I am on the train back to London from Cheltenham as I write this, I’ve been at a conference at the University of Gloucestershire. Arran Stibbe was appointed as my tutor for the last 2 years of my PhD research, he was an excellent tutor and I wouldn’t have got it done without him. He is now editing a new handbook for educators interested (or not!) in sustainability. Today those of us hoping to contribute a 2000 word chapter to either the online or print version of this book gathered to explore what needed to said in this book. During two open space sessions, groups of around 10 discussed subjects ranging from Permaculture, Systems thinking, Complexity and Self reflection to place-based learning, institutional transformation, employability and sustainability, technology, energy literacy, cultural literacy and Cradle to Cradle principles. I went to employability and sustainability in the morning and Systems thinking in the afternoon.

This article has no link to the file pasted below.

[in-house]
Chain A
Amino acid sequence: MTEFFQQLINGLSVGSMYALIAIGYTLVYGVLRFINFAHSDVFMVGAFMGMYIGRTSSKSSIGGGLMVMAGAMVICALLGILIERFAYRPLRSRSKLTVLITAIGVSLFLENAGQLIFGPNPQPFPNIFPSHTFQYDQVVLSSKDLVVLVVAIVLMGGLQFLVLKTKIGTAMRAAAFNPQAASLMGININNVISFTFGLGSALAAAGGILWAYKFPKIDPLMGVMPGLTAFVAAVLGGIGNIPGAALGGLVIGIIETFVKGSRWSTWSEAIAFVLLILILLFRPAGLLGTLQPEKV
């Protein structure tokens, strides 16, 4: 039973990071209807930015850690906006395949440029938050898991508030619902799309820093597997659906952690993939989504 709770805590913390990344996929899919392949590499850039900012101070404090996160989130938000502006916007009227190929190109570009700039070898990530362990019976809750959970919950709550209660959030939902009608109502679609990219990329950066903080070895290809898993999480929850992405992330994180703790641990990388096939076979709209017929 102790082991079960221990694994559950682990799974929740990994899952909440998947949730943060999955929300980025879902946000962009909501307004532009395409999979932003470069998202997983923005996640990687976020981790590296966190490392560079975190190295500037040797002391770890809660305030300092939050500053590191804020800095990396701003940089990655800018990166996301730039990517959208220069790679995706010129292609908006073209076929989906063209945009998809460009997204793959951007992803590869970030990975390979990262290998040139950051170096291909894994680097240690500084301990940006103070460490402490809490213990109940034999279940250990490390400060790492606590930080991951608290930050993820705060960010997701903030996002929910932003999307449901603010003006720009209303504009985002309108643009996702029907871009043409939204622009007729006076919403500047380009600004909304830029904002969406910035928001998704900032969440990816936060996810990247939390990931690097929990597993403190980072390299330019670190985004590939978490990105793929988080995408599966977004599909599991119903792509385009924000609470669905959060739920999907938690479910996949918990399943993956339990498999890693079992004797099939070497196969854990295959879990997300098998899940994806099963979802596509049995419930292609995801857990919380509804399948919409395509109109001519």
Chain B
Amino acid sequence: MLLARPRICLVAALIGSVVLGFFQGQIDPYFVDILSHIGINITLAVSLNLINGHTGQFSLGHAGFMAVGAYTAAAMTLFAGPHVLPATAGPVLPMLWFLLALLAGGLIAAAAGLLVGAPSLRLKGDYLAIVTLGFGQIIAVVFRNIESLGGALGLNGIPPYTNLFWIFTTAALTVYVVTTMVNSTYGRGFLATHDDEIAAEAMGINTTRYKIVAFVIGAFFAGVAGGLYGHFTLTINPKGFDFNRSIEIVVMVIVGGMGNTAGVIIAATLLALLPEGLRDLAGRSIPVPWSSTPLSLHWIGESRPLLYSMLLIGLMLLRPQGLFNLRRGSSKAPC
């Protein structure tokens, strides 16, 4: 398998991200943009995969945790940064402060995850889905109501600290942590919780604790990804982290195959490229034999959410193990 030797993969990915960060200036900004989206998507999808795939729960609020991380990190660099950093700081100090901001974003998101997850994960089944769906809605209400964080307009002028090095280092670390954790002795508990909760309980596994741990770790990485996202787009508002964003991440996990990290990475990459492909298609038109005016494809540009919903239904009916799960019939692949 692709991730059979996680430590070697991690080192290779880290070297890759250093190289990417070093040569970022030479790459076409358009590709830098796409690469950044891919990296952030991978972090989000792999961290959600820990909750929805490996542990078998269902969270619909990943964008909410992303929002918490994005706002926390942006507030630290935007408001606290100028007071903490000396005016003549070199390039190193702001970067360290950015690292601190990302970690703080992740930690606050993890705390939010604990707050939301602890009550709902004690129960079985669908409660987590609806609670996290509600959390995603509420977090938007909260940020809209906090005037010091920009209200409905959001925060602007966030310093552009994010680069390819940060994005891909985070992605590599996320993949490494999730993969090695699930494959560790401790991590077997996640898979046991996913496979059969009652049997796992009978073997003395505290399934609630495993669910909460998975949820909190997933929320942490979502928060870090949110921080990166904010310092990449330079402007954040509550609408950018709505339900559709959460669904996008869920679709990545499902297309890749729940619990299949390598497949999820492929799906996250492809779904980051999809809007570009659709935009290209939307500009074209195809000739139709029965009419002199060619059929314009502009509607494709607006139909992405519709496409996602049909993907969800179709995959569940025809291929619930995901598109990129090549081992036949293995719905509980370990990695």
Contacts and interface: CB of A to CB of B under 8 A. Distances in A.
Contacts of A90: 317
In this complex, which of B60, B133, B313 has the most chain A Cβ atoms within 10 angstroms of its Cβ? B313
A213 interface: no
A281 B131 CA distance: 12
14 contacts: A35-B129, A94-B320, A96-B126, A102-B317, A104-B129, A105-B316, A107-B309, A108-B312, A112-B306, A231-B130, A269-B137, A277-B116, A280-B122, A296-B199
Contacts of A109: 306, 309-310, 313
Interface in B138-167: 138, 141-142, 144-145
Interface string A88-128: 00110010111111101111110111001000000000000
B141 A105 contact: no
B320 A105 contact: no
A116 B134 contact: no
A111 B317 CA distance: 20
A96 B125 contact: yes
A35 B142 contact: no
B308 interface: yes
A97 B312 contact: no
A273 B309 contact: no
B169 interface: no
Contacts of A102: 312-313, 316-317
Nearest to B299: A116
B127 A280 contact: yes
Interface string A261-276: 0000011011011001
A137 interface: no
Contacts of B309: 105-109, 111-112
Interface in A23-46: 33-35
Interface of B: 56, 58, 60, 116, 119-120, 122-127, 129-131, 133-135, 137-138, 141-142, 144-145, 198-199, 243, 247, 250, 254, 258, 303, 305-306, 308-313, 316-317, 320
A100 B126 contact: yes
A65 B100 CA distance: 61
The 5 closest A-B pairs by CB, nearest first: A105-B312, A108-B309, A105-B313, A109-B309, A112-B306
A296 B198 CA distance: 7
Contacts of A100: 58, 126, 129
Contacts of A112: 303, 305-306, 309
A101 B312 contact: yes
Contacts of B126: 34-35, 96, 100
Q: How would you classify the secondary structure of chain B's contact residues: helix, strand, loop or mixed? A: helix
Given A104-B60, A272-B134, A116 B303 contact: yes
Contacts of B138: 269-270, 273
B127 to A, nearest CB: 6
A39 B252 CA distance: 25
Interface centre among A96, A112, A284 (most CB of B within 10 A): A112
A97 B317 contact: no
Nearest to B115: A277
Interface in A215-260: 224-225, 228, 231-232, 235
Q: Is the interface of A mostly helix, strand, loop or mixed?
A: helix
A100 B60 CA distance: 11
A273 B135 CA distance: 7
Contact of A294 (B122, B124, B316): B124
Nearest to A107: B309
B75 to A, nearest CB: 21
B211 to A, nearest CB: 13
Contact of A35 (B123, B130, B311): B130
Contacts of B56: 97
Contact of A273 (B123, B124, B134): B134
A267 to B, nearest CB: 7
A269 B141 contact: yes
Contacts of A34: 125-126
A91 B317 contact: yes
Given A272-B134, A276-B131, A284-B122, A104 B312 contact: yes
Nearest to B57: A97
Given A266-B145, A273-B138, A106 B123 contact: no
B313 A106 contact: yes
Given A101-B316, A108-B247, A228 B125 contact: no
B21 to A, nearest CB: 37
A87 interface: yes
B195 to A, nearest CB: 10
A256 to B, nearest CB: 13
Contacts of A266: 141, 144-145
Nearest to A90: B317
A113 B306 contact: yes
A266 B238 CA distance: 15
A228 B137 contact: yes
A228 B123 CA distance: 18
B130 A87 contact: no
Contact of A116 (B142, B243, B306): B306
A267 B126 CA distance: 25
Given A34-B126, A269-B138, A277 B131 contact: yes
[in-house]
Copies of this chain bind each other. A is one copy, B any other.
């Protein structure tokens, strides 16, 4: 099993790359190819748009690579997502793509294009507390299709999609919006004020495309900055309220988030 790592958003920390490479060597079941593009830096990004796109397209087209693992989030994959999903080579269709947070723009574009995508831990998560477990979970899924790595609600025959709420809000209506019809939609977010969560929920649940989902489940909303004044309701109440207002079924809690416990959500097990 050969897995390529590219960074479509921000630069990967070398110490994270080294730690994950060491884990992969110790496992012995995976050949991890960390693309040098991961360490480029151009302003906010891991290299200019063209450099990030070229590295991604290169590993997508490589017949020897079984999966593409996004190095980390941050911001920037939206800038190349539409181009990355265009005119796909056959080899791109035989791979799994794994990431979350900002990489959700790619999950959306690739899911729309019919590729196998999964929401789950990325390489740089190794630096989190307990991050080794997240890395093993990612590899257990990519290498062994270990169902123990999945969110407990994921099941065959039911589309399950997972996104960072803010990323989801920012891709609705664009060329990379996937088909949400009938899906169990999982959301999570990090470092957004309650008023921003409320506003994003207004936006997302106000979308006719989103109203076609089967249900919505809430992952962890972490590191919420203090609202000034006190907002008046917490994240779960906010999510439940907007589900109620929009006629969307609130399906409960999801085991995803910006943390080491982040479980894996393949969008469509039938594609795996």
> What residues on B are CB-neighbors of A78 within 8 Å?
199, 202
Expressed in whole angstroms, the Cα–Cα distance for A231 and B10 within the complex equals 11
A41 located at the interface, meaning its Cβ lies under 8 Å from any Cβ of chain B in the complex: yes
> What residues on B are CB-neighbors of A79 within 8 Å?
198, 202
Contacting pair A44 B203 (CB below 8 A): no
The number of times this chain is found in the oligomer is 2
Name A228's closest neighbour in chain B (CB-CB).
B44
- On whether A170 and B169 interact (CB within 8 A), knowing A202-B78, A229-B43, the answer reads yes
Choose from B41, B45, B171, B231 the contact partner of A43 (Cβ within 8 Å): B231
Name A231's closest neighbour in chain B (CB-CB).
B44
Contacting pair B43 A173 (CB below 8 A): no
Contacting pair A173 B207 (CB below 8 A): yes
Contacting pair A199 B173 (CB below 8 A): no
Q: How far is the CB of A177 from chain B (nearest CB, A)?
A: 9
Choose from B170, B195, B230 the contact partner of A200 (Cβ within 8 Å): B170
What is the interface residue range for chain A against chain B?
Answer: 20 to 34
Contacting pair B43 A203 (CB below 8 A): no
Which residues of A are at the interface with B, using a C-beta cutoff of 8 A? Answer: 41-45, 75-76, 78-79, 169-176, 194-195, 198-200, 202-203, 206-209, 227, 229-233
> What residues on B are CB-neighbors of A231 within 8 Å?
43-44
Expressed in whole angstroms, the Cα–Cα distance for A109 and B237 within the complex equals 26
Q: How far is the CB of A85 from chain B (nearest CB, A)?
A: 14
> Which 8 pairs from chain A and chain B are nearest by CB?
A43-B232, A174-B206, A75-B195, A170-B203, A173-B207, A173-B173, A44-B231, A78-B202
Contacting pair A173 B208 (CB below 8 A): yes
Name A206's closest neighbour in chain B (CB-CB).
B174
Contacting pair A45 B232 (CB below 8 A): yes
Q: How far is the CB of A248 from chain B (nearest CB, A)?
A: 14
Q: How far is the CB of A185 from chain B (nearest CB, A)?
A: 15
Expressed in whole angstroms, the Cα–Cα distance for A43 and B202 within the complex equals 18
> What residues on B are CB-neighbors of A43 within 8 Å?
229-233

In the morning I managed to get the group to explore deeper questions of what we want students to ‘be’ when they leave university. I also pointed out the dangers of greenwash at a personal level as well as an organisational level, do we really want people to want to be green just so they are more employable? In the group discussions we also discussed the extent to which lecturers/ educators asked questions like: how does this impact on well-being, what are the political implications of this subject matter, what are the environmental impacts of teaching students these things and is this morally sound? All these questions, it was suggested, should come in the design of curricula and before each and every lecture/seminar. I contributed nothing to the afternoon session I attended: Systems thinking. As I have little experience of teaching in University I could not really grapple with the questions of how to improve students systems thinking, all I could do was quietly nod in agreement that ‘yes it would be a good idea if we had the skills to systems think’. My research shows how few environmental educators understand the complex workings of the global environmental system. No one will ever have a full understanding, but some understanding is possible and necessary. Even more necessary when an educator is involved in trying to change behaviour is an understanding of the complex social systems that every individual’s behaviour derives from and contributes to. We could all do with understanding that better!
I’m looking forward to writing my chapter; I think I might call it: ‘Don’t mention the environment.’